Skin allograft maintenance in a new synchimeric model system of tolerance
Biochemistry & Molecular Pharmacology
Graduate School of Biomedical Sciences; Program in Immunology and Virology; Department of Medicine, Division of Diabetes; Department of Pathology
Medical Subject Headings
Animals; Antibodies, Monoclonal; Blood Transfusion; CD4-Positive T-Lymphocytes; CD40 Ligand; CD8-Positive T-Lymphocytes; Cell Survival; Clone Cells; Cricetinae; Female; Graft Rejection; Graft Survival; H-2 Antigens; Hematopoietic Stem Cells; Injections, Intravenous; Lymphocyte Activation; Lymphocyte Depletion; Male; Mice; Mice, Inbred BALB C; Mice, Inbred C57BL; Mice, Inbred CBA; Mice, Transgenic; *Models, Immunological; Radiation Chimera; Skin Transplantation; T-Lymphocyte Subsets; Transplantation Tolerance
Life Sciences | Medicine and Health Sciences
Treatment of mice with a single donor-specific transfusion plus a brief course of anti-CD154 mAb uniformly induces donor-specific transplantation tolerance characterized by the deletion of alloreactive CD8+ T cells. Survival of islet allografts in treated mice is permanent, but skin grafts eventually fail unless recipients are thymectomized. To analyze the mechanisms underlying tolerance induction, maintenance, and failure in euthymic mice we created a new analytical system based on allo-TCR-transgenic hemopoietic chimeric graft recipients. Chimeras were CBA (H-2(k)) mice engrafted with small numbers of syngeneic TCR-transgenic KB5 bone marrow cells. These mice subsequently circulated a self-renewing trace population of anti-H-2(b)-alloreactive CD8+ T cells maturing in a normal microenvironment. With this system, we studied the maintenance of H-2(b) allografts in tolerized mice. We documented that alloreactive CD8+ T cells deleted during tolerance induction slowly returned toward pretreatment levels. Skin allograft rejection in this system occurred in the context of 1) increasing numbers of alloreactive CD8+ cells; 2) a decline in anti-CD154 mAb concentration to levels too low to inhibit costimulatory functions; and 3) activation of the alloreactive CD8+ T cells during graft rejection following deliberate depletion of regulatory CD4+ T cells. Rejection of healed-in allografts in tolerized mice appears to be a dynamic process dependent on the level of residual costimulation blockade, CD4+ regulatory cells, and activated alloreactive CD8+ thymic emigrants that have repopulated the periphery after tolerization.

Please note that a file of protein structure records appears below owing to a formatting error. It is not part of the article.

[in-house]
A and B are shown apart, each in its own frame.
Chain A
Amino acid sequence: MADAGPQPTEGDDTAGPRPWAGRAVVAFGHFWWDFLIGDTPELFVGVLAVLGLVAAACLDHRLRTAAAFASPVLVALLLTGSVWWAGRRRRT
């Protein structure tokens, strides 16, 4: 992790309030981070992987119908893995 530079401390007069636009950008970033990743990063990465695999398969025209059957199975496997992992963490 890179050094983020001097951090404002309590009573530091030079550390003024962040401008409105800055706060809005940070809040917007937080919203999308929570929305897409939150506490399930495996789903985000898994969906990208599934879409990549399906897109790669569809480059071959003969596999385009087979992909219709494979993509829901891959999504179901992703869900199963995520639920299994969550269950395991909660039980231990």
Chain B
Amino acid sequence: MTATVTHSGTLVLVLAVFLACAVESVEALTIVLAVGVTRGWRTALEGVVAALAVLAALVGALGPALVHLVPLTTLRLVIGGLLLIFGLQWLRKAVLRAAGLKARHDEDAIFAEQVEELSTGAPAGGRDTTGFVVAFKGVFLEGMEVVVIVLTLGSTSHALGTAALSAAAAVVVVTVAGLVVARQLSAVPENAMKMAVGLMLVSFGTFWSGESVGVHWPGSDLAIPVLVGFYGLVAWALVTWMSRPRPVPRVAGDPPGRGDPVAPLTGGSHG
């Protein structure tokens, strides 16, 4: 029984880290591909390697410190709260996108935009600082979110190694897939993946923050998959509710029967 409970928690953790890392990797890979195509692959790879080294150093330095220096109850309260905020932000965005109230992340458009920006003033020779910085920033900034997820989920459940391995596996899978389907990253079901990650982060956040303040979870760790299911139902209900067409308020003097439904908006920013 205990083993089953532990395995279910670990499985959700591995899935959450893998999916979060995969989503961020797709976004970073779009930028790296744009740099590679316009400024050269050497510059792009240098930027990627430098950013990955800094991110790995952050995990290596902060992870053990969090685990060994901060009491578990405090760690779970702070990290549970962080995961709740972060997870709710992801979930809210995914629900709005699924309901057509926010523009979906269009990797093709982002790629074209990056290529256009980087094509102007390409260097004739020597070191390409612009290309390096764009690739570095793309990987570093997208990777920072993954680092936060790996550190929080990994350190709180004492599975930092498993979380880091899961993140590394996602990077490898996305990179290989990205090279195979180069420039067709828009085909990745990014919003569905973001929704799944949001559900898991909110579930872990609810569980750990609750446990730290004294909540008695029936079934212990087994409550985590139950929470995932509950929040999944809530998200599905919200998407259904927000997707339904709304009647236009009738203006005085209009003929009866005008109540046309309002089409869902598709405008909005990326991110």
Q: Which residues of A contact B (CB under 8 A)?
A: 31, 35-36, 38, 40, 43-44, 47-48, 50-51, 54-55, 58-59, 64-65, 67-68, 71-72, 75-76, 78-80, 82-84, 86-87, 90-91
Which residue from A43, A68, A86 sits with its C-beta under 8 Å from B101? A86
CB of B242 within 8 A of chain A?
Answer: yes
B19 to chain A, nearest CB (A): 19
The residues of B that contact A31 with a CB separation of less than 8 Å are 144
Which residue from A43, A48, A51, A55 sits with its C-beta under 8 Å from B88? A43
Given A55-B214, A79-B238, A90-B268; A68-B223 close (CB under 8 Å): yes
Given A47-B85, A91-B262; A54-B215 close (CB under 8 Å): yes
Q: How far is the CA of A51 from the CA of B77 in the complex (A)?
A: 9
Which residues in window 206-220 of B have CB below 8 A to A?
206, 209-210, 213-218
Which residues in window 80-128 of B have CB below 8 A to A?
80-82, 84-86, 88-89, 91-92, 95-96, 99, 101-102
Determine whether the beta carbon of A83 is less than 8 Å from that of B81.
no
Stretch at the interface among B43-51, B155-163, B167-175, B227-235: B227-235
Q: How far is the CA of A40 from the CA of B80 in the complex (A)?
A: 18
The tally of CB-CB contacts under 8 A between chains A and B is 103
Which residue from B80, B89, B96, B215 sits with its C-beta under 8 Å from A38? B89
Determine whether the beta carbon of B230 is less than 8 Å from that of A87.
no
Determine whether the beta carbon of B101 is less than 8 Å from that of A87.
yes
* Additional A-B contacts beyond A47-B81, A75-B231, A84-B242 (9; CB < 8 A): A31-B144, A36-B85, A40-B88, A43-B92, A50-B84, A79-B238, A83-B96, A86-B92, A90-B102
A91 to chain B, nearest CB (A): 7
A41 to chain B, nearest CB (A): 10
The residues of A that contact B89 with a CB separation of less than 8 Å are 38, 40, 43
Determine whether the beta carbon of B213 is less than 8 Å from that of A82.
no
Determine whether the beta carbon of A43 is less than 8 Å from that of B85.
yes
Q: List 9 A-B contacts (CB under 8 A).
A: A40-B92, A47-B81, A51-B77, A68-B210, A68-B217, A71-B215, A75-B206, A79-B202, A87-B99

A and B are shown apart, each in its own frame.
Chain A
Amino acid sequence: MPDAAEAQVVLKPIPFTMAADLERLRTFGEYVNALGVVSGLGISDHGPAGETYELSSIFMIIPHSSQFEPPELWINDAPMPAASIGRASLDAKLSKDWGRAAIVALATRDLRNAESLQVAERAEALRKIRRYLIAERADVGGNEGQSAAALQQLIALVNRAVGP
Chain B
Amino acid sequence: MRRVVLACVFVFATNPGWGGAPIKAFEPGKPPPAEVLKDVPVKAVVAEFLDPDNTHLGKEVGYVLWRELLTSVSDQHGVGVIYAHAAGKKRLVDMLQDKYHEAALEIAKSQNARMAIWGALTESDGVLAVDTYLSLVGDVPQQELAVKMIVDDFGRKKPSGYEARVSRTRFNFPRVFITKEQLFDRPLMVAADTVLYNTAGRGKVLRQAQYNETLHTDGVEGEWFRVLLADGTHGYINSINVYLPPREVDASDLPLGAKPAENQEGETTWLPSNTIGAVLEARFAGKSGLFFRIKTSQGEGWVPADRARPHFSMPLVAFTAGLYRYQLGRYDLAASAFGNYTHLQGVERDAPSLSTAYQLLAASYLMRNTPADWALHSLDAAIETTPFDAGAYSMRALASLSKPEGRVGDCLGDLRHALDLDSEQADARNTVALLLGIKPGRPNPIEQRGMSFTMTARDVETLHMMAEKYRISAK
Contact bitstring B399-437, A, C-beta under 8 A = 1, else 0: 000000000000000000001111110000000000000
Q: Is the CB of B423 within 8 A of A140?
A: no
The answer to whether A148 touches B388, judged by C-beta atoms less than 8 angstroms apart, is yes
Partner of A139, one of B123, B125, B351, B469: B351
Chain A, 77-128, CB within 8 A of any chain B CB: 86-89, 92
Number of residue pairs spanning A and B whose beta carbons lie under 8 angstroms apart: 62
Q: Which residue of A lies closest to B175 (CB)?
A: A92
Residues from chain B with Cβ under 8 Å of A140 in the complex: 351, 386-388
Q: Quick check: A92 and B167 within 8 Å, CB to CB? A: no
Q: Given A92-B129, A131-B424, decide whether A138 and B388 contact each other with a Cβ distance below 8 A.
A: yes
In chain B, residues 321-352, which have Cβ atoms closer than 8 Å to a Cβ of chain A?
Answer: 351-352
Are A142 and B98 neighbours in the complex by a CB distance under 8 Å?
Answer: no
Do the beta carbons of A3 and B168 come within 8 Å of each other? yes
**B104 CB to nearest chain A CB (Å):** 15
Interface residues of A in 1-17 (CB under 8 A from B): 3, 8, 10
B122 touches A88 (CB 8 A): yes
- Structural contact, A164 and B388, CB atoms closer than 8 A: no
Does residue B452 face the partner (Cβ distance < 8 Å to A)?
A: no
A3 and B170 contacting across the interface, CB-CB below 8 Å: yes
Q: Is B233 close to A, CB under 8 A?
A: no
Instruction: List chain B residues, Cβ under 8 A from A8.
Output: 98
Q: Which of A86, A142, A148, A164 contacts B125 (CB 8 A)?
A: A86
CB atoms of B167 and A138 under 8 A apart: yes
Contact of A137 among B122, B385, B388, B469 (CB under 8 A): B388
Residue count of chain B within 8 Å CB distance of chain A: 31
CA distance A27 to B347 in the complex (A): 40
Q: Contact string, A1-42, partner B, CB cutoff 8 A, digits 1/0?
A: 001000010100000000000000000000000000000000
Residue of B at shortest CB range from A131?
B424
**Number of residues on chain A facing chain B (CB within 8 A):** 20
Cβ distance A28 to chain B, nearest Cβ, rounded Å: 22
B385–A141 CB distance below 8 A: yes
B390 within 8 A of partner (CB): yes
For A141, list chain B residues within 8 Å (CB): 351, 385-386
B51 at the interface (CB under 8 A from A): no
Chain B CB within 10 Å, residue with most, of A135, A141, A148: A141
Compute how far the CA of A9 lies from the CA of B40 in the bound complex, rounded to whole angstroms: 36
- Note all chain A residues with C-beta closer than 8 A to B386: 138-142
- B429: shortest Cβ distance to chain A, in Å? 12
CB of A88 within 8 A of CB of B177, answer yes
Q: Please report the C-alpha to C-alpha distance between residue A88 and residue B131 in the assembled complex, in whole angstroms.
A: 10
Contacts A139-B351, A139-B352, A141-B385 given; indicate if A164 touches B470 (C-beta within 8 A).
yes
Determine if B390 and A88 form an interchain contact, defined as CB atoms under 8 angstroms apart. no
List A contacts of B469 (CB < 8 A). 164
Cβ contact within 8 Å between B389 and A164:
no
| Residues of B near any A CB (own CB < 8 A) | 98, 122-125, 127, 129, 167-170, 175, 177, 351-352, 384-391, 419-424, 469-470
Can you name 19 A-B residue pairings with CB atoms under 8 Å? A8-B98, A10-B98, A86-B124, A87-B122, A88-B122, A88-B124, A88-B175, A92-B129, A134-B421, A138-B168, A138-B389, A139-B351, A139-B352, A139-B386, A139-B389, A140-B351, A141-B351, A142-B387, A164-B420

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Citation: J Immunol. 2001 Dec 1;167(11):6623-30.